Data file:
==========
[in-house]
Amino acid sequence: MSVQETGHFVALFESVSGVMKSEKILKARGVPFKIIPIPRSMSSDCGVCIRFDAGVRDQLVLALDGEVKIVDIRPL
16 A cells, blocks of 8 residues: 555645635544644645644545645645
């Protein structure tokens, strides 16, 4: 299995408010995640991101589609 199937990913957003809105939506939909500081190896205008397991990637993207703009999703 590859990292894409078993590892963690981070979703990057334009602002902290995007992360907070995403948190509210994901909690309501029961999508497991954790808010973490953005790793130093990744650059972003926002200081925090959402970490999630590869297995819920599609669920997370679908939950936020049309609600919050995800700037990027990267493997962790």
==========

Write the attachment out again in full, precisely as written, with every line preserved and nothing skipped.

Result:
[in-house]
Amino acid sequence: MSVQETGHFVALFESVSGVMKSEKILKARGVPFKIIPIPRSMSSDCGVCIRFDAGVRDQLVLALDGEVKIVDIRPL
16 A cells, blocks of 8 residues: 555645635544644645644545645645
């Protein structure tokens, strides 16, 4: 299995408010995640991101589609 199937990913957003809105939506939909500081190896205008397991990637993207703009999703 590859990292894409078993590892963690981070979703990057334009602002902290995007992360907070995403948190509210994901909690309501029961999508497991954790808010973490953005790793130093990744650059972003926002200081925090959402970490999630590869297995819920599609669920997370679908939950936020049309609600919050995800700037990027990267493997962790």